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Trailblazer Board looks at SMART ride program, city of Buffalo request

Rides in sparsely populated areas in Sibley County, a request by the city of Buffalo to provide evening-hour rides, and a dwindling pool of volunteer drivers will have Trailblazer Transit exploring new options for its SMART service.
The Trailblazer Joint Powers Board met Thursday morning in Buffalo, and reviewed its SMART (Sibley-McLeod Auxiliary Regional Transit) program’s origins. SMART, which does not qualify for Minnesota Department of Transportation (MnDOT) funding, helps provide rides outside of Trailblazer’s traditional service area (such as rides to medical facilities in St. Cloud or Rochester), and potentially outside of normal operating hours. The service is funded by user fees and local tax dollars.
In January, the Trailblazer board heard that the city of Buffalo would like the transit system to take over its evening service since it was having a hard time finding drivers. At that time, the board intended to use 2018 as a planning year with possible implementation of service in 2019.
However, since then, the board heard on Thursday, the city of Buffalo pressured Trailblazer to provide the service through its SMART ride service. Executive Director Gary Ludwig said the request fell within the typical guidelines of SMART service.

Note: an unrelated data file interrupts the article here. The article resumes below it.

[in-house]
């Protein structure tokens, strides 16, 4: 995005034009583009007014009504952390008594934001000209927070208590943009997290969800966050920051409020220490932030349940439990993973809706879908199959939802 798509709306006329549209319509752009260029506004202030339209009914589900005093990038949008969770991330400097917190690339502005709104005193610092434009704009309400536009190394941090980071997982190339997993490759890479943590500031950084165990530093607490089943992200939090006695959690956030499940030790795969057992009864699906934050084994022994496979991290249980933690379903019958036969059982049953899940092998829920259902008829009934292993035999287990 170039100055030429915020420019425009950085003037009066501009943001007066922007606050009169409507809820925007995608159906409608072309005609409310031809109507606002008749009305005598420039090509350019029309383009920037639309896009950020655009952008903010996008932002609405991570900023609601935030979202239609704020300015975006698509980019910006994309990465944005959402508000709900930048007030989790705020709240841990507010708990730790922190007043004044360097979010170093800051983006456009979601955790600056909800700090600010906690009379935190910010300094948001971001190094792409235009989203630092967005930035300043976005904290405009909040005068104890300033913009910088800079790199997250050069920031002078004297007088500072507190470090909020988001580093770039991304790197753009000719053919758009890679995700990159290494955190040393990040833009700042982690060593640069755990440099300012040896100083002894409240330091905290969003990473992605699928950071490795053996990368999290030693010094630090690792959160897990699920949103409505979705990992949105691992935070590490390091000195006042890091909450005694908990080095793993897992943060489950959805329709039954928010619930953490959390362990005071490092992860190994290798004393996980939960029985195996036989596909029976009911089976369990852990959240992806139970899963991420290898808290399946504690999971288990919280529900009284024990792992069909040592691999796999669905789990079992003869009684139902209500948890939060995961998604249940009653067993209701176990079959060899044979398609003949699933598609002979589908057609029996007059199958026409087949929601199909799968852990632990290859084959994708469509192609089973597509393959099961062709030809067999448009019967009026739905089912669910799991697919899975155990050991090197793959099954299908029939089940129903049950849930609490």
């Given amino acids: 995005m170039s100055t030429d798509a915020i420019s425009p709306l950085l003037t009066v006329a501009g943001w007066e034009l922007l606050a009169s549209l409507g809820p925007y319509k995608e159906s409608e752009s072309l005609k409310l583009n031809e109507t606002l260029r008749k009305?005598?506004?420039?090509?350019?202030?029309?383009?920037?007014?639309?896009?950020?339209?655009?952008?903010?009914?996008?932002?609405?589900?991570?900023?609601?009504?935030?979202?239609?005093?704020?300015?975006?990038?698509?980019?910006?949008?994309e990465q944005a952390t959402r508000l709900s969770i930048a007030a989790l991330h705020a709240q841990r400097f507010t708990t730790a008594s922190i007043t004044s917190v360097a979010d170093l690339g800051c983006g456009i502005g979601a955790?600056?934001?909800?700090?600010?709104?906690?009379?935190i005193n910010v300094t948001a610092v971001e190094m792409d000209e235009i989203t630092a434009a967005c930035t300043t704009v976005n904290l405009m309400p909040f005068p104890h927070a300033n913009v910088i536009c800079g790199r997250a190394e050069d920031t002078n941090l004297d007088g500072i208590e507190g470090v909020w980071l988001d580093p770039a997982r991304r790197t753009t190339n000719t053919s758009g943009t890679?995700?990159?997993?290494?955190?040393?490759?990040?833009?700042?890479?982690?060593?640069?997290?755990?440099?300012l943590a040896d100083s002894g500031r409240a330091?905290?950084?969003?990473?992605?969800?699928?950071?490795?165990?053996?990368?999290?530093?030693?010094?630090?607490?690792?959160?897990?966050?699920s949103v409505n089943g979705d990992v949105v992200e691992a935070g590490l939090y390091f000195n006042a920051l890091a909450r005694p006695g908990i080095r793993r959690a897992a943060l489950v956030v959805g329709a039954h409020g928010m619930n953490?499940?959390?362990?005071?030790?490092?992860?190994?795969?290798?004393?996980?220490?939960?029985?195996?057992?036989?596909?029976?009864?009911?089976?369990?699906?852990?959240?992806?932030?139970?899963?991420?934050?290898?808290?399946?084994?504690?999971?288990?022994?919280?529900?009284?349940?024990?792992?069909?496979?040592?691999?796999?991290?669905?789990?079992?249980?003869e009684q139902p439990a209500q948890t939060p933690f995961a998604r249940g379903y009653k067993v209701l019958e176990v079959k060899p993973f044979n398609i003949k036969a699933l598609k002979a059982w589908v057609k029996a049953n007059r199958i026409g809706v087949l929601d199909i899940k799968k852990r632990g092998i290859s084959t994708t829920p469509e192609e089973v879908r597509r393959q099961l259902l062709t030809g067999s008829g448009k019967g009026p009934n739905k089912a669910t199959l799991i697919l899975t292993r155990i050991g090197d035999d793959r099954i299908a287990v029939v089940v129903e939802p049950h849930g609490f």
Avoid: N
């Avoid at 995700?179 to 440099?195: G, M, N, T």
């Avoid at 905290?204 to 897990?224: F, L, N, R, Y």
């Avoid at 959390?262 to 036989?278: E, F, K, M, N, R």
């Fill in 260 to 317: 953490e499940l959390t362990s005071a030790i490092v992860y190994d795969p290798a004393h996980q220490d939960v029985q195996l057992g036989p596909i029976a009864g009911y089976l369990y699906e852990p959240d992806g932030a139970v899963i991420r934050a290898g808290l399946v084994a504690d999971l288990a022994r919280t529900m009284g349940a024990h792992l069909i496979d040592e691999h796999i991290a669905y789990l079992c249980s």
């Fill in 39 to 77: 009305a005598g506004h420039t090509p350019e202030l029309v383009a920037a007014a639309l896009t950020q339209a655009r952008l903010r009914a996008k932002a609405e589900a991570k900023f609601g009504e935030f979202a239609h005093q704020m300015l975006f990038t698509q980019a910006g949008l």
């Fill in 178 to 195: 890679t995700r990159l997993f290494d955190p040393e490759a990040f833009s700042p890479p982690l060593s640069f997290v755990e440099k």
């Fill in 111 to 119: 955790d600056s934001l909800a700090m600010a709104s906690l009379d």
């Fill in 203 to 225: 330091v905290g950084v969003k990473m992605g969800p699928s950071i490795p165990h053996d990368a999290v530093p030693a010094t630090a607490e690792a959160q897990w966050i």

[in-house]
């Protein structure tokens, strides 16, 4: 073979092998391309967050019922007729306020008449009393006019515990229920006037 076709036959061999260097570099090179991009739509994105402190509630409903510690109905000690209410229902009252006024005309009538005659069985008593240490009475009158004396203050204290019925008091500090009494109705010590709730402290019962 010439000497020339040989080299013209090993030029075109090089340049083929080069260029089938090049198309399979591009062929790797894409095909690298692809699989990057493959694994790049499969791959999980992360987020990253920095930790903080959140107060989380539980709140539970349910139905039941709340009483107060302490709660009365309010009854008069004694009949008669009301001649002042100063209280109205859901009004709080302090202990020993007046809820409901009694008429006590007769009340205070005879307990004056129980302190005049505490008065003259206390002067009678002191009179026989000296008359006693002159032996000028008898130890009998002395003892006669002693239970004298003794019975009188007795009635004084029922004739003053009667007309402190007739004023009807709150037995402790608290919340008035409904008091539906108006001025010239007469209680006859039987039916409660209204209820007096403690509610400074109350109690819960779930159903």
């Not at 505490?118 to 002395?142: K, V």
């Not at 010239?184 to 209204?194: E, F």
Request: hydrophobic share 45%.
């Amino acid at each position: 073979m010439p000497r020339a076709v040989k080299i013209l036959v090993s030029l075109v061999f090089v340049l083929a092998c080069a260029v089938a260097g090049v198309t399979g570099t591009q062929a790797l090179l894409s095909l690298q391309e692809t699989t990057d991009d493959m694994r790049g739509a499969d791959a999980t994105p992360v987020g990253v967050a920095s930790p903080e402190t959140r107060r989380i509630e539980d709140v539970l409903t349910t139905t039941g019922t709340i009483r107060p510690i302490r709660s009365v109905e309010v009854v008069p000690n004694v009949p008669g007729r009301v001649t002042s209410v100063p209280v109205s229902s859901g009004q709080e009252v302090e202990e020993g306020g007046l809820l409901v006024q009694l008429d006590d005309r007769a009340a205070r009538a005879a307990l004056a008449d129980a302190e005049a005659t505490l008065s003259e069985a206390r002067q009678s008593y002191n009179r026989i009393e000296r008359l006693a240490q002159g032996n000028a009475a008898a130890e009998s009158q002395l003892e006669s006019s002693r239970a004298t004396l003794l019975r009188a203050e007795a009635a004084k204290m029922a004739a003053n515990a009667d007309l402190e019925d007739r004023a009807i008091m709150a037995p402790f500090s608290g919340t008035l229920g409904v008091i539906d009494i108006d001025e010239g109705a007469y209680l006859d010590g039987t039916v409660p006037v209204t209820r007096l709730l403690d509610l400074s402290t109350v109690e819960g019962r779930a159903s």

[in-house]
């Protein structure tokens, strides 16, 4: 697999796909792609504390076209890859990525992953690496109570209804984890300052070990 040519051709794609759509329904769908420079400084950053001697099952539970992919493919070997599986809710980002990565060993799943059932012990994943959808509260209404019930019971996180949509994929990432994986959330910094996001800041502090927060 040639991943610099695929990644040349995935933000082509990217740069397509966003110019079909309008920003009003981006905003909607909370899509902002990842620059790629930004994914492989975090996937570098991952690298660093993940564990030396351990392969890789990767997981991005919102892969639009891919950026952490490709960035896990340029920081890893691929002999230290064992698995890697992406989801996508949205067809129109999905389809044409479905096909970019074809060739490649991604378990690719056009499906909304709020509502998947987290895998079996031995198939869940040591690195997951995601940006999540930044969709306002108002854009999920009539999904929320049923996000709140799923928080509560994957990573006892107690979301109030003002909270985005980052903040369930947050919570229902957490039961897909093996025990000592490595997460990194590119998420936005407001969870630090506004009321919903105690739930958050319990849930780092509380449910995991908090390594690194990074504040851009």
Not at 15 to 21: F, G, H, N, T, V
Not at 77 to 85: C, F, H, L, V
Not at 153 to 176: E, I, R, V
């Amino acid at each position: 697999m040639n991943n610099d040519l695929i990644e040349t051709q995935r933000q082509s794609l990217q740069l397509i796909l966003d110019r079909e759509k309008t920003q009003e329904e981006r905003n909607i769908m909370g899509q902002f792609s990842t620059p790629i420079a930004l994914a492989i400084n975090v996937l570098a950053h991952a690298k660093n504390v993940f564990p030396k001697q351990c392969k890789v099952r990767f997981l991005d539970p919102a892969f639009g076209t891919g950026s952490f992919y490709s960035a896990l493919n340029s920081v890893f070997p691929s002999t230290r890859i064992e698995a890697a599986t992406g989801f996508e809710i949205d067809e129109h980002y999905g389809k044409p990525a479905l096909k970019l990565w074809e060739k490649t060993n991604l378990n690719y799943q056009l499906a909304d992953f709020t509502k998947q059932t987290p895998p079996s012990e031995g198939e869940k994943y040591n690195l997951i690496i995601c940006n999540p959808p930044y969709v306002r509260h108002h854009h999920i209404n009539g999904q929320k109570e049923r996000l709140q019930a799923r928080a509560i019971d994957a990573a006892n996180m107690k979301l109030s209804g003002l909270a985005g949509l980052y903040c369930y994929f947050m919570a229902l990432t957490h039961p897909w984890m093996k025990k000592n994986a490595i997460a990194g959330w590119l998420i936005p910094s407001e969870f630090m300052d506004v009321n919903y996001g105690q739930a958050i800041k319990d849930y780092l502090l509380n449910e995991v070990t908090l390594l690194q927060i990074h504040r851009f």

“They came to us and said, ‘we have a need, we have a desire and we have money,’” Ludwig said. He added the city’s service participation began to drop as Trailblazer’s service grew in the area.
With awarenesss of the board’s chair and vice chair, Trailblazer began offering the service.
But Ludwig said Trailblazer is hampered by the same issues that plagued the city — there is low demand for the service, and it is hard to find drivers and vehicles.
Running a regular bus is expensive for the low number of fares, and vans are not equipped with fare boxes, meaning rides would need to be billed.
Complicating the issue even further is that MnDOT and Trailblazer both are committed to expanding service in the service area overall before focusing on one area.
Sibley County Commissioner Jim Swanson was particularly disappointed that Trailblazer went ahead and started filling the service.
“I wish we had said ‘you need to wait,’” said Swanson, referring to the original desire to spend 2018 looking into the issue. Now, he said, it is difficult for Trailblazer to back out without looking like the “bad guys.”
For more, see the Feb. 21 print edition of The Chronicle.